Treeline’s Brian Souers talks about business, changing equipment requirements and his quest for parts commonality.

Based in Lincoln, Maine and owned by Brian Souers, Treeline, Inc. has an apt tagline on its website: “What don’t we do!?” Although Brian started off in the early eighties with a chainsaw, and the company is deeply rooted in Maine logging, over the last 30 years Treeline has grown into so much more. The company is involved in harvesting, forest management, timber buying, real estate, truck servicing and parts supply, as well as hauling and transportation services. Treeline also manages two wood yards for Verso and operates one of its own as well.

It wasn’t always like this of course. Armed with a technical degree in forestry, Brian started off as a forester in the late seventies, moving to Maine from New York State to take a job with International Paper as a tree marker. Brian recounts that this is the best he could do considering the state of the industry at that time. “I finished at the top of my class and sent out a hundred resumes. There was not much of a market for my skills.”

Brian also started logging on weekends – helping out contractors in the area – and this eventually led to the decision to leave International Paper to pursue contract logging full time. Brian began with an old International skidder, bought a horse and then progressed to a German-made miniature Holder skidder – sort of an ag tractor-skidder hybrid. He speaks fondly of this period in the evolution of his career. “I liked cutting by myself and never wanted to grow a business. I loved my life. I had low stress and low expenses and I really enjoyed what I was doing.” At this point Brian was mostly working on IP land. “I made a specialty of thinning but they were asking for 500 acres a year, not 100 acres.” (1 acre is approximately 0.4 hectares)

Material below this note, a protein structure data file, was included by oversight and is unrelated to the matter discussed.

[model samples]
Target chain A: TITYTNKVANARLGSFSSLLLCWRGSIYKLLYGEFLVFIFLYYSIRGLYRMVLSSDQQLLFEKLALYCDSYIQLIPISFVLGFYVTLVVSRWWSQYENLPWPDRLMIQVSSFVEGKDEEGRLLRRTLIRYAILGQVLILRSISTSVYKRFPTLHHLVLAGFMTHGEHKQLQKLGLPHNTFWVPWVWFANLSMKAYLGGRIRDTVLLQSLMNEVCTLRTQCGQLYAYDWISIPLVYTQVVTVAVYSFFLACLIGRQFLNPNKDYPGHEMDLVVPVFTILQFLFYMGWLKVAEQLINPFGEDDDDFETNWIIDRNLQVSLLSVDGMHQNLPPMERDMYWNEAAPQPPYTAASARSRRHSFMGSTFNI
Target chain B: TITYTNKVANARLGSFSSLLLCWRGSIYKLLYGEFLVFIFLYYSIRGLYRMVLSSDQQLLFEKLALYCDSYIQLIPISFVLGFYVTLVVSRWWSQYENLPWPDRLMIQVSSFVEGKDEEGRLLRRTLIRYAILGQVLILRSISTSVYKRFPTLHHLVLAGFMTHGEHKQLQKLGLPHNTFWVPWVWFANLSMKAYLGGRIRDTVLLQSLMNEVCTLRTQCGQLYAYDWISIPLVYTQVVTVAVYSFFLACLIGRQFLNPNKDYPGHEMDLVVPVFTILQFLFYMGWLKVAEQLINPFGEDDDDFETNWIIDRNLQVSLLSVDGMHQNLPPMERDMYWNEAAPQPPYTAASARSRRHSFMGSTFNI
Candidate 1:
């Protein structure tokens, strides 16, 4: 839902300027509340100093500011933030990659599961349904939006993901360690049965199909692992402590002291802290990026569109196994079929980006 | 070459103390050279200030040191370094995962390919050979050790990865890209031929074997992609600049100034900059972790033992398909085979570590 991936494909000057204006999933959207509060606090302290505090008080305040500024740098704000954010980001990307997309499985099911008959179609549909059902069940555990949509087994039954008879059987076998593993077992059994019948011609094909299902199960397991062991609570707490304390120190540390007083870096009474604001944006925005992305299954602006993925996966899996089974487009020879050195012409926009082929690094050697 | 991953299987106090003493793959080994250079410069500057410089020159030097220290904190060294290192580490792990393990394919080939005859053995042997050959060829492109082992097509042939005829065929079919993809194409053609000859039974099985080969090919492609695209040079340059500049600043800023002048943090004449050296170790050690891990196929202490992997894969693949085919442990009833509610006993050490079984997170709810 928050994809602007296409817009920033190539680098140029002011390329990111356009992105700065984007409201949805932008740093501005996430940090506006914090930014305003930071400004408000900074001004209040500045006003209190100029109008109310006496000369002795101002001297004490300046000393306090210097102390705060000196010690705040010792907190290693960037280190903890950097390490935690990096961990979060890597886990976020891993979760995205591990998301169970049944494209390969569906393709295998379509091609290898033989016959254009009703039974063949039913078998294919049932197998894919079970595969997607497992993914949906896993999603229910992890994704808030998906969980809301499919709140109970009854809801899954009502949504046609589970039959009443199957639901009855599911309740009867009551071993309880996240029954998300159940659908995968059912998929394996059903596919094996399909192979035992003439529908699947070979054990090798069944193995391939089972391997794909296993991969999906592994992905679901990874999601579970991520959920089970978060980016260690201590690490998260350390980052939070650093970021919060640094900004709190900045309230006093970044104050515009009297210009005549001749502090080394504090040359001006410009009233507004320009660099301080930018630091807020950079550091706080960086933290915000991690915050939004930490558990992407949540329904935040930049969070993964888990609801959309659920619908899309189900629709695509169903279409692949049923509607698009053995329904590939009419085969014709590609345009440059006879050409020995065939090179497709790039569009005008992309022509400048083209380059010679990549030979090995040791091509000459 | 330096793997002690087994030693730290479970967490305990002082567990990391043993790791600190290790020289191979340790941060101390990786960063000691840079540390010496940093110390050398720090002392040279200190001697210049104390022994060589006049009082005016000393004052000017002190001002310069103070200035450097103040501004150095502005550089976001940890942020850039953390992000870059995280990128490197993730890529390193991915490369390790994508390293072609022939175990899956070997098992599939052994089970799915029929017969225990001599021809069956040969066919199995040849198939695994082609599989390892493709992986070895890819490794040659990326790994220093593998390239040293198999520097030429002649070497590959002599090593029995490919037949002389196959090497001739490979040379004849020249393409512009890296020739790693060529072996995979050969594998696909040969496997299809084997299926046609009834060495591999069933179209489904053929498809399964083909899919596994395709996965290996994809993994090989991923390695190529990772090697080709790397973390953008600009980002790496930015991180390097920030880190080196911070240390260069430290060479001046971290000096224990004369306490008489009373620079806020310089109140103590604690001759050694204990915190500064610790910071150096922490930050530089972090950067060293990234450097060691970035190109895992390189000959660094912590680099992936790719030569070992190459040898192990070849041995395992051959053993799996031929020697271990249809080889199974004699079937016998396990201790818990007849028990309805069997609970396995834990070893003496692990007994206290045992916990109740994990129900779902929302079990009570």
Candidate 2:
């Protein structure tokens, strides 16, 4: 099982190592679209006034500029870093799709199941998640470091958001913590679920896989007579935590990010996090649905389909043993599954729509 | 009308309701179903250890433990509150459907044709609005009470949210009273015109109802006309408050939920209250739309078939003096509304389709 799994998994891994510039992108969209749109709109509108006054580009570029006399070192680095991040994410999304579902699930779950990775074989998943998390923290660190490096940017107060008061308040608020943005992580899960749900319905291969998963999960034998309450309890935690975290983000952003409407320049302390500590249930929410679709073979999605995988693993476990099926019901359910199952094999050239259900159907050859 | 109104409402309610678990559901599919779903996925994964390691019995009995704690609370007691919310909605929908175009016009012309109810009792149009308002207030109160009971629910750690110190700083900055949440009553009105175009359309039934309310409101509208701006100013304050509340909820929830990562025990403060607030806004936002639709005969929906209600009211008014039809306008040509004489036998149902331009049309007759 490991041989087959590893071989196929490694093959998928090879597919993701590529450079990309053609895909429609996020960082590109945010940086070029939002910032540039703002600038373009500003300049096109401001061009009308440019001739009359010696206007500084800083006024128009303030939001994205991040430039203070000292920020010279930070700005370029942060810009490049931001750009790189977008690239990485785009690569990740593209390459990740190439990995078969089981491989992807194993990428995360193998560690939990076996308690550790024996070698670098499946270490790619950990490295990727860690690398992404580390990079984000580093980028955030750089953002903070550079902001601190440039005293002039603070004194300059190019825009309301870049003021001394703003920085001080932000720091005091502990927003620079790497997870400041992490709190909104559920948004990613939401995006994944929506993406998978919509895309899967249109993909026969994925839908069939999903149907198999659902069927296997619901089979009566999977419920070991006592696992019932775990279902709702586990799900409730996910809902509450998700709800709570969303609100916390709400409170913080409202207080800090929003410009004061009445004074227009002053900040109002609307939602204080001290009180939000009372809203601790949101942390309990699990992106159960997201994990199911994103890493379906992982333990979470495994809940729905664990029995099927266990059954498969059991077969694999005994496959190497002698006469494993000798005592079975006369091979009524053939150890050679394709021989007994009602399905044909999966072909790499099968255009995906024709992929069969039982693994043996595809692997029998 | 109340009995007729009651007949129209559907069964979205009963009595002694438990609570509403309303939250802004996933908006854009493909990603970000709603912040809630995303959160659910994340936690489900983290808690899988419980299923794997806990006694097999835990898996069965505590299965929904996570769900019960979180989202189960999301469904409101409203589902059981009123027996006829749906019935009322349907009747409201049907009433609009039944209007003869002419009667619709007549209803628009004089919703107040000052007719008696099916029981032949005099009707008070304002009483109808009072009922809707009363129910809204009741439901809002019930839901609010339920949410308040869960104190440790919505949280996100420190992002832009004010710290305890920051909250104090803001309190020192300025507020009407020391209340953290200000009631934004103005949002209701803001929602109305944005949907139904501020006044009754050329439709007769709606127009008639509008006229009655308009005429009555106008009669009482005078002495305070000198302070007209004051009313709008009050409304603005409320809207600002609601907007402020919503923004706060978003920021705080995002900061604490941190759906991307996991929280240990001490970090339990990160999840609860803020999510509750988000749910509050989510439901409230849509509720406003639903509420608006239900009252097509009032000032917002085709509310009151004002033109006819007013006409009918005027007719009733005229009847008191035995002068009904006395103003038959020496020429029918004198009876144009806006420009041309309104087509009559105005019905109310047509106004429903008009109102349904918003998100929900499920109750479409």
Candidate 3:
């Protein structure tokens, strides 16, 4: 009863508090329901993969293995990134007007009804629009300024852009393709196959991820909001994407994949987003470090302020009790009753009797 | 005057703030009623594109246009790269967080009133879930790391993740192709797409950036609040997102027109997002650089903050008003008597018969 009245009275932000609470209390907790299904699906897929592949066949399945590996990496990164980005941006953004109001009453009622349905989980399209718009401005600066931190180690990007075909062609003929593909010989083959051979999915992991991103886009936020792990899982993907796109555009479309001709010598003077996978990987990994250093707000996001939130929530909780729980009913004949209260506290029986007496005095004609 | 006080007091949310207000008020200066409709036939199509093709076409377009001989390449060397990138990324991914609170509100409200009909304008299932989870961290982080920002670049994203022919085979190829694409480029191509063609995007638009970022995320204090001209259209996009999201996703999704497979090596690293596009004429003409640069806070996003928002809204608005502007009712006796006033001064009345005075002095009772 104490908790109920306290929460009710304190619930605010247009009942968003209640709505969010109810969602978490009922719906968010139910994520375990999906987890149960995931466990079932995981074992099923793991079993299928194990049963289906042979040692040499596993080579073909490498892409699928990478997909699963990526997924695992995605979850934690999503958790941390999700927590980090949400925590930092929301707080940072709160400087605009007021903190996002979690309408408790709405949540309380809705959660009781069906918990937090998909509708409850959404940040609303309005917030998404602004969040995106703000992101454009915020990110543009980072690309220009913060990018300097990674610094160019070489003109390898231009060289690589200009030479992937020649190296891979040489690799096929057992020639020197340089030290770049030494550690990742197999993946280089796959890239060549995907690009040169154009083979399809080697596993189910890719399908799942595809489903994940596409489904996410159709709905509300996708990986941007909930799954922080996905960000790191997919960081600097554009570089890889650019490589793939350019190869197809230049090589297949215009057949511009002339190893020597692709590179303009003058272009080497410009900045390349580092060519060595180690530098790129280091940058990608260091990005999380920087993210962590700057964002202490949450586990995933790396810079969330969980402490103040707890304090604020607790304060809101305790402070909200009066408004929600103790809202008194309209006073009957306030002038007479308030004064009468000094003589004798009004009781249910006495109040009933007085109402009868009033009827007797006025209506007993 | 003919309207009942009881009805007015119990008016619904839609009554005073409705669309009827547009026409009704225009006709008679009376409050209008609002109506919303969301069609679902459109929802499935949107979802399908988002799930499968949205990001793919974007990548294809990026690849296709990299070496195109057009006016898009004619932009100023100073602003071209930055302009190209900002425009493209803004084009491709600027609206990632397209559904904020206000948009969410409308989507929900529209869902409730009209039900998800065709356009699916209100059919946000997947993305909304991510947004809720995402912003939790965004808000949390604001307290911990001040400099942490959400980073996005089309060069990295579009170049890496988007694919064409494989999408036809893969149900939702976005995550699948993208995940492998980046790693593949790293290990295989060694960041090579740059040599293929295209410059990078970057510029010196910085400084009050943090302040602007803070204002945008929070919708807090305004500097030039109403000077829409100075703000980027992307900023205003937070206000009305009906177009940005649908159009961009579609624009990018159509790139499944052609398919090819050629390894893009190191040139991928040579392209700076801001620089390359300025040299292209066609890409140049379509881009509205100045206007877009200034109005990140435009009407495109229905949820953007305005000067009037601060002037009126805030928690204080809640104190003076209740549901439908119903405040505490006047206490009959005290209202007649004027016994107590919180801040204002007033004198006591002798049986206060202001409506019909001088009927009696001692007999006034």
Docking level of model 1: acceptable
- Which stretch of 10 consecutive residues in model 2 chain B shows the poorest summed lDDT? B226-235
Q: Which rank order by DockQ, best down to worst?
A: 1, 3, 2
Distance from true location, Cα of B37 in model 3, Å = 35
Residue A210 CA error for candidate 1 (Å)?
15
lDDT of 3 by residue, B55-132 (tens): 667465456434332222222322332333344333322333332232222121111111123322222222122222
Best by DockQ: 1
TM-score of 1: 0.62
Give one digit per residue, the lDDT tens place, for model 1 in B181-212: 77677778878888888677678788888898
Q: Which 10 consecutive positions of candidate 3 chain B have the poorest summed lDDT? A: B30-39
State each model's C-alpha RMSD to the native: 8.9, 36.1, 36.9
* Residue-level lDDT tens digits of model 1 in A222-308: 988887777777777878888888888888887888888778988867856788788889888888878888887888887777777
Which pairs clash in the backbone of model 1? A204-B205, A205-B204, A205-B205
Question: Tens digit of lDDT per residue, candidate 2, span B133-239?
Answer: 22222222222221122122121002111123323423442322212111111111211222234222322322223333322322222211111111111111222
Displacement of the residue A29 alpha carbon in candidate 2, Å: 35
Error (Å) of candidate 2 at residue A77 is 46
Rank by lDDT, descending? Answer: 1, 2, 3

So the area manager at IP encouraged him to expand, buy more skidders and hire more help. Brian obliged, hiring several men and buying two more Holders but after a year or so IP shuddered the whole thinning program. Meantime, in addition to his contract thinning, Brian was already buying small tracts of timber. The Holders were not designed for production logging and they began to fail so Brian broke down and bought his first real cable skidder. “At least the interest rates had come down from twenty to ten percent,” he recalls. However, he was now making payments on all three machines and working alone again in hardwood tracts. To increase production, he began renting and eventually purchased a track feller buncher.

Throughout the eighties, even as the company continued to mechanize with feller bunchers and grapple skidders, Brian continued to utilize hand fallers. At one point he employed more than a dozen men for manual falling, skidding and preparing the trees for a truck mounted roadside delimber. “Every tree was butt measured. When my wife was not available totally, I would walk around with a tape recorder to record everyone’s production,” Brian recalls.

Production continued to ramp up and by 1992, Treeline was ready to reinvest. “But we didn’t know what technology to choose,” explains Brian. The question he was asking himself was not what he needed in 1992 but what the mills would want him to own in four years’ time. Because IP wanted all the delimbing done in-stand, Brian chose to go with a Hahn delimber. The delimber followed the feller buncher. Then swing boom skidders bunched and skidded the trees out. “After a year of using the Hahn, we started limbing in-woods on the trail with slide boom limbers and bunching the tree length wood for regular grapple skidders. We had to have extra-long boomed loaders on the landing to handle the many sorts, sometime as many as twelve. There was no biomass market back then, so there was no value in bringing the branches to roadside. Plus the landowners liked the smaller landings.”

To contrast those times to today, Brian estimates that half of the trees the company harvests are now destined for biomass and in general the stands are of much poorer quality. “Most of our cuts now are removing the inferior trees and leaving the best to grow.”

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Article from Tigercat Publication – Between The Branches: